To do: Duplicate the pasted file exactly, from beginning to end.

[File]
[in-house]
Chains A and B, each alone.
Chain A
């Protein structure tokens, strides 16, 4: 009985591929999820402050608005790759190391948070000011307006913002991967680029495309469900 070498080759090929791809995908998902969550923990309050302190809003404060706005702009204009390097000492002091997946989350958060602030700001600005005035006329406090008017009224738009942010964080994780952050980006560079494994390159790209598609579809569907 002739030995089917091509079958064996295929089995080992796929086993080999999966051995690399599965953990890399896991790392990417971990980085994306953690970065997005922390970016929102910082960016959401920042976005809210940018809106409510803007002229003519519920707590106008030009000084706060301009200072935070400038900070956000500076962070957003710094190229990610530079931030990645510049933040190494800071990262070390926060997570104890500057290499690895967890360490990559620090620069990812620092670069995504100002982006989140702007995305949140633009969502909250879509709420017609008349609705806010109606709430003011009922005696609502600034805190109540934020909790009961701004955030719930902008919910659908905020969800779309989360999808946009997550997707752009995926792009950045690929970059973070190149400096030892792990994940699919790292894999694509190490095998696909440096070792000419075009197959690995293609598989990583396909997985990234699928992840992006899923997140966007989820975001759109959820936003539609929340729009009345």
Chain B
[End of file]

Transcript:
[in-house]
Chains A and B, each alone.
Chain A
């Protein structure tokens, strides 16, 4: 009985591929999820402050608005790759190391948070000011307006913002991967680029495309469900 070498080759090929791809995908998902969550923990309050302190809003404060706005702009204009390097000492002091997946989350958060602030700001600005005035006329406090008017009224738009942010964080994780952050980006560079494994390159790209598609579809569907 002739030995089917091509079958064996295929089995080992796929086993080999999966051995690399599965953990890399896991790392990417971990980085994306953690970065997005922390970016929102910082960016959401920042976005809210940018809106409510803007002229003519519920707590106008030009000084706060301009200072935070400038900070956000500076962070957003710094190229990610530079931030990645510049933040190494800071990262070390926060997570104890500057290499690895967890360490990559620090620069990812620092670069995504100002982006989140702007995305949140633009969502909250879509709420017609008349609705806010109606709430003011009922005696609502600034805190109540934020909790009961701004955030719930902008919910659908905020969800779309989360999808946009997550997707752009995926792009950045690929970059973070190149400096030892792990994940699919790292894999694509190490095998696909440096070792000419075009197959690995293609598989990583396909997985990234699928992840992006899923997140966007989820975001759109959820936003539609929340729009009345």
Chain B